Delta announce ATL-LAX-SYD ?

Timmypig

Well-Known Member
A thread on PPRuNe is reporting Delta to fly ATL-LAX-SYD from July .... I haven't seen any more news about it - is this right?

DL017 ATL1900 - 2040LAX2240 - 0640+2SYD 77L D
DL016 SYD0915 - 0600LAX0740 - 1455ATL 77L D

Some competition for the QF/United duopoly? A nightmare for the yet to fly VAus?
 

Derg

New Arizona, Il Duce/Warlord
Staff member
Sourced from airliners.net and I haven't seen anything on the DeltaNet or TravelNet either.
 

JEP

Malko In Charge
Staff member
Sourced from airliners.net and I haven't seen anything on the DeltaNet or TravelNet either.
Scooped on JetCareers The mother of all airline news... ;) You cannot get anything past its' members.....


This is in expedia's flight database for June:


15hr 0mn Los Angeles (LAX)
Depart 10:40 PM to Sydney (Kingsford Smith)
Arrive 6:40 AM
+2 days
Flight: 17
77L


13hr 45mn Sydney (Kingsford Smith)
Depart 9:15 AM to Los Angeles (LAX)
Arrive 6:00 AM
Flight: 16
77L
Yep, It's ATL-LAX-SYD-LAX-ATL. It took a while for it to get out. RA let it slip last week in the Flt Ops managers meeting.
 

Derg

New Arizona, Il Duce/Warlord
Staff member
How does Airliners.net bust out with the "scoop" days ahead?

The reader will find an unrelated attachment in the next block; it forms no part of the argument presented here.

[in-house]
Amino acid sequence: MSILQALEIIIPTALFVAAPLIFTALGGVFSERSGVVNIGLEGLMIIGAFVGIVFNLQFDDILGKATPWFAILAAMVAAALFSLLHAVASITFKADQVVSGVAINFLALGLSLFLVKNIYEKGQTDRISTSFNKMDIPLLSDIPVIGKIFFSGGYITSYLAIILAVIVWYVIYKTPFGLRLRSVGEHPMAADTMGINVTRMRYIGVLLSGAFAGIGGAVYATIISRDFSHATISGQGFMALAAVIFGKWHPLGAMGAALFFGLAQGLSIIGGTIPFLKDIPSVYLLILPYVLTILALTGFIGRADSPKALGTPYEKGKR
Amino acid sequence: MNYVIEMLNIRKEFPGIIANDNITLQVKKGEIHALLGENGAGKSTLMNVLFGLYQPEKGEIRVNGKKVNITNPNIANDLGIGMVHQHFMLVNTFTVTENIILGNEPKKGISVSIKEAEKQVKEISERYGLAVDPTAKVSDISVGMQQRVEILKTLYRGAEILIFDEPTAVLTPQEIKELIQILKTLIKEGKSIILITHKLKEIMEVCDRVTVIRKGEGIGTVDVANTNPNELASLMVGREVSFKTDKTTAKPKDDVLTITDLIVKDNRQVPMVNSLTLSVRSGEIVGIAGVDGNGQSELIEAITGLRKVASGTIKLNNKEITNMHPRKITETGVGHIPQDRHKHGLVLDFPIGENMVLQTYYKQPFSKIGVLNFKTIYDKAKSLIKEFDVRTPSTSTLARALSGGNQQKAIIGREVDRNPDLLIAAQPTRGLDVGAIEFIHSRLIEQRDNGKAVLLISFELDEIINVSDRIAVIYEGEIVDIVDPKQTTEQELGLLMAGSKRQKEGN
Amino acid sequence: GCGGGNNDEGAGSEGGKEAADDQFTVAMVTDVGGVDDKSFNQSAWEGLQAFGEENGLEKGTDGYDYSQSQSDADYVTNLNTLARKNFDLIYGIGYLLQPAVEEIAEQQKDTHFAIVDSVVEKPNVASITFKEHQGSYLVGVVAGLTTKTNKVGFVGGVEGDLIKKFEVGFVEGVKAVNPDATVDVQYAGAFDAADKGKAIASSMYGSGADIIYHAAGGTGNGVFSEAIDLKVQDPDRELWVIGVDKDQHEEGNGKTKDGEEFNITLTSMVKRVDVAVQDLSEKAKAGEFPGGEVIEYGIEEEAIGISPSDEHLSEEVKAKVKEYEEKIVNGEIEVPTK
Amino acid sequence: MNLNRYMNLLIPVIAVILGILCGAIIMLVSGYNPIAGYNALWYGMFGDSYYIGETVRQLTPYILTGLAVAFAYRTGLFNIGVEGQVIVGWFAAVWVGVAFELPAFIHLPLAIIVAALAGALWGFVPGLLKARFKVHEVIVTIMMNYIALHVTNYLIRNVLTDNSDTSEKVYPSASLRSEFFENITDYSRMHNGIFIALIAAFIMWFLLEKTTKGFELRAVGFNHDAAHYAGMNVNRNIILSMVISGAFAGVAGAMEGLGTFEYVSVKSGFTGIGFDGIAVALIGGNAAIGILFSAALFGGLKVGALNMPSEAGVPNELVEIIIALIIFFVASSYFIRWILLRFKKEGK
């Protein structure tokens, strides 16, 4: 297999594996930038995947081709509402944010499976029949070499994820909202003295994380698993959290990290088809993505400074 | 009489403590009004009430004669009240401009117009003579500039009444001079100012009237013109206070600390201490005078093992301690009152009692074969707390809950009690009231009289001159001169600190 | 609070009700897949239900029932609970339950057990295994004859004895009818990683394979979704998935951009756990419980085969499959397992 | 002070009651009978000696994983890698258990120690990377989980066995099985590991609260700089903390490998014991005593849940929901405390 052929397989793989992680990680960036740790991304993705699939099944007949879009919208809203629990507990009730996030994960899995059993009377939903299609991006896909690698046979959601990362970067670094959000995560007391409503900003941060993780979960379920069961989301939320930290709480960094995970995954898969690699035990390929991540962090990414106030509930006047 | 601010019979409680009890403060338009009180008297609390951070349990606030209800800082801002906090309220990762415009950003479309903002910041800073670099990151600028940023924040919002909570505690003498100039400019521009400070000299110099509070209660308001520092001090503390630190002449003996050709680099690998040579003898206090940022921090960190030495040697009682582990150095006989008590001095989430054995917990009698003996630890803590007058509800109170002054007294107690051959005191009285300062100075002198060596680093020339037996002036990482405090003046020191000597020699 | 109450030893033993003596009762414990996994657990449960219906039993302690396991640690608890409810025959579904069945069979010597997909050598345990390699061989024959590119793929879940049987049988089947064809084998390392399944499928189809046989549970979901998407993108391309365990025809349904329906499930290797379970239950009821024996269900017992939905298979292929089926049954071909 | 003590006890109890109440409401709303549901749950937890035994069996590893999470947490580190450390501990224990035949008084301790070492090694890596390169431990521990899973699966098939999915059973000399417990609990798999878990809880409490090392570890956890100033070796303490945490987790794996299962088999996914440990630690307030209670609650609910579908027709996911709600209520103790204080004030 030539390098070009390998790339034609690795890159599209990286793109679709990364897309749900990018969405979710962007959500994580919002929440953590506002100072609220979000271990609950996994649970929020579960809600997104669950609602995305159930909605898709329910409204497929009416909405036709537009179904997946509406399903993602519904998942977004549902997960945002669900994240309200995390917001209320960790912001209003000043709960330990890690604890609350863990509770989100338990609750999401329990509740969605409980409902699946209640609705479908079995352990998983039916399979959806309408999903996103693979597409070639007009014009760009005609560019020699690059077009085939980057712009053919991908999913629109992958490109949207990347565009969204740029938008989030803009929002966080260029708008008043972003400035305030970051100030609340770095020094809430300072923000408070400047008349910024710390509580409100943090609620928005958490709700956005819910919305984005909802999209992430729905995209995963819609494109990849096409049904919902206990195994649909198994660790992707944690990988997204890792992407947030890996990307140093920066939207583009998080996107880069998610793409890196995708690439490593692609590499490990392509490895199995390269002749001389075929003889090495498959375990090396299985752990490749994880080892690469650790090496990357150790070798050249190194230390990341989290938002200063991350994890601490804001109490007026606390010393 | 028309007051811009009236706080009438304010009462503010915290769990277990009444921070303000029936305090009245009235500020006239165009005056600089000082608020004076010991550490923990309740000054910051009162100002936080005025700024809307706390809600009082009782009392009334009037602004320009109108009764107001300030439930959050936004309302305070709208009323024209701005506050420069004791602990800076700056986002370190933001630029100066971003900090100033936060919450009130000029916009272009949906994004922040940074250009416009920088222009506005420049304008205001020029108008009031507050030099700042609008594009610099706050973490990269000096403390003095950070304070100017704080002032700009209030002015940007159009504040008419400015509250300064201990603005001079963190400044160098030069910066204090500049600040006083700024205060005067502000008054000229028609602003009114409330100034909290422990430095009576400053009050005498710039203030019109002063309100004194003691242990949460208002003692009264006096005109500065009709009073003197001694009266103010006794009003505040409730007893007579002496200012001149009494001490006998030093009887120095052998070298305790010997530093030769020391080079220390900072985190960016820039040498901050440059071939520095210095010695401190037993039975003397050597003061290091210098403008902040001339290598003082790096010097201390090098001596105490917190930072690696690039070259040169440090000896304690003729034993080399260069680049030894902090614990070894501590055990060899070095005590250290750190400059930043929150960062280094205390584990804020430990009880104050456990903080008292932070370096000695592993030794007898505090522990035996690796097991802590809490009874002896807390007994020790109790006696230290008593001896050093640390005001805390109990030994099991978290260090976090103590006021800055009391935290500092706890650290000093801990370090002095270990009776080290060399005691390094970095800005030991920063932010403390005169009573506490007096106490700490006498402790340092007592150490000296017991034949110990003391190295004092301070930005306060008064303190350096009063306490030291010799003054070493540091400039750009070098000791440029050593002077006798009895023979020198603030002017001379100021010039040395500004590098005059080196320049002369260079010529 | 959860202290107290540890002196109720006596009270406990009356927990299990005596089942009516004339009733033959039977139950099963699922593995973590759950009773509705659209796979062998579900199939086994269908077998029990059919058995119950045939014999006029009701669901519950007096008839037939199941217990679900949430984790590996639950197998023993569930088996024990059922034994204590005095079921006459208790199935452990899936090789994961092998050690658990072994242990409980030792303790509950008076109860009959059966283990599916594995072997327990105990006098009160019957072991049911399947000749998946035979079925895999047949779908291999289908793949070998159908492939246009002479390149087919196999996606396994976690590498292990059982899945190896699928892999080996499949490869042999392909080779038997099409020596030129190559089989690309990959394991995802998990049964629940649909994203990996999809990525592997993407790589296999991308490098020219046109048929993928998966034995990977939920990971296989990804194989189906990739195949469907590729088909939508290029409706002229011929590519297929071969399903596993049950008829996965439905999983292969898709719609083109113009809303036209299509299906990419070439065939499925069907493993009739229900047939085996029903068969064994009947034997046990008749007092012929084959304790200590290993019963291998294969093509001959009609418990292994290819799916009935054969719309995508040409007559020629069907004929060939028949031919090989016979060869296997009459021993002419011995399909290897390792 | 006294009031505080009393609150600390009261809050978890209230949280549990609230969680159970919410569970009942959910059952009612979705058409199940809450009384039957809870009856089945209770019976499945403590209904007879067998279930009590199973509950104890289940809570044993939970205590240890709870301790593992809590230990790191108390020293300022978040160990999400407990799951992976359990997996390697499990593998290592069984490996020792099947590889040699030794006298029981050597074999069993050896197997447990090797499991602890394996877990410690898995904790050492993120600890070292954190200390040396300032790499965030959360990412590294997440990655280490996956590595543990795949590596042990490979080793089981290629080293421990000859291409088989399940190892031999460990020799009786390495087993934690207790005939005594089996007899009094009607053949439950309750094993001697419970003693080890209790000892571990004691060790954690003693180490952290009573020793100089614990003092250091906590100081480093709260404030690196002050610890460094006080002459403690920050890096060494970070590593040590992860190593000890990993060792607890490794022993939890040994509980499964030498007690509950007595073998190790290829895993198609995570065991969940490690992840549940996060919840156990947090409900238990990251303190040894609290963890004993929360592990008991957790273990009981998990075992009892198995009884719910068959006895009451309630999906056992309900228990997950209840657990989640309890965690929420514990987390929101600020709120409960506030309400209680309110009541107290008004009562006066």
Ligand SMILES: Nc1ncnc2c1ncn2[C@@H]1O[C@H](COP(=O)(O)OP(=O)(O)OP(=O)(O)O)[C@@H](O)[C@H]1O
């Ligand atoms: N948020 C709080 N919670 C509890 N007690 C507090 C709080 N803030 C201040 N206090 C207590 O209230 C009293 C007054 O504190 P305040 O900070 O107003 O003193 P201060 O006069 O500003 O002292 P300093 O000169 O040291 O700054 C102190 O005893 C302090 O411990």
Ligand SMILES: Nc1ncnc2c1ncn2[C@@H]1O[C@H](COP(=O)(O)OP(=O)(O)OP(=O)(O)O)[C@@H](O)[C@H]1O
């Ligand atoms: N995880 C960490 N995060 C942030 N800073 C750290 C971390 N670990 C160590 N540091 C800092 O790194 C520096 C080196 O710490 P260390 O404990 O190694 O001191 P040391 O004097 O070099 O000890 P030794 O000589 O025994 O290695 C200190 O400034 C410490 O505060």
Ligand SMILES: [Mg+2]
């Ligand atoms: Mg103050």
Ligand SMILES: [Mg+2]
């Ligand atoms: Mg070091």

Press Release Source: Delta Air Lines, Inc.

Delta Strengthens Los Angeles Gateway With New Nonstop Flights to Sydney, Sao Paulo, Increased Service to New York
Thursday December 18, 12:27 pm ET



Enhanced marketing alliance with Alaska Air Group enables Delta's
L.A. expansion with improved connections for customers across the
West Coast

Delta to become only U.S. airline to fly to six continents

ATLANTA, Dec. 18, 2008 -- (GLOBE NEWSWIRE) -- Delta Air Lines (NYSE:DAL - News) will strengthen its gateway at Los Angeles International Airport in 2009 with the addition of its first-ever daily nonstop service between Los Angeles and Sydney, Australia* effective July 1; three-times weekly service between Los Angeles and Sao Paulo, Brazil* beginning May 21; and increased service between Atlanta and New York-JFK starting March 2.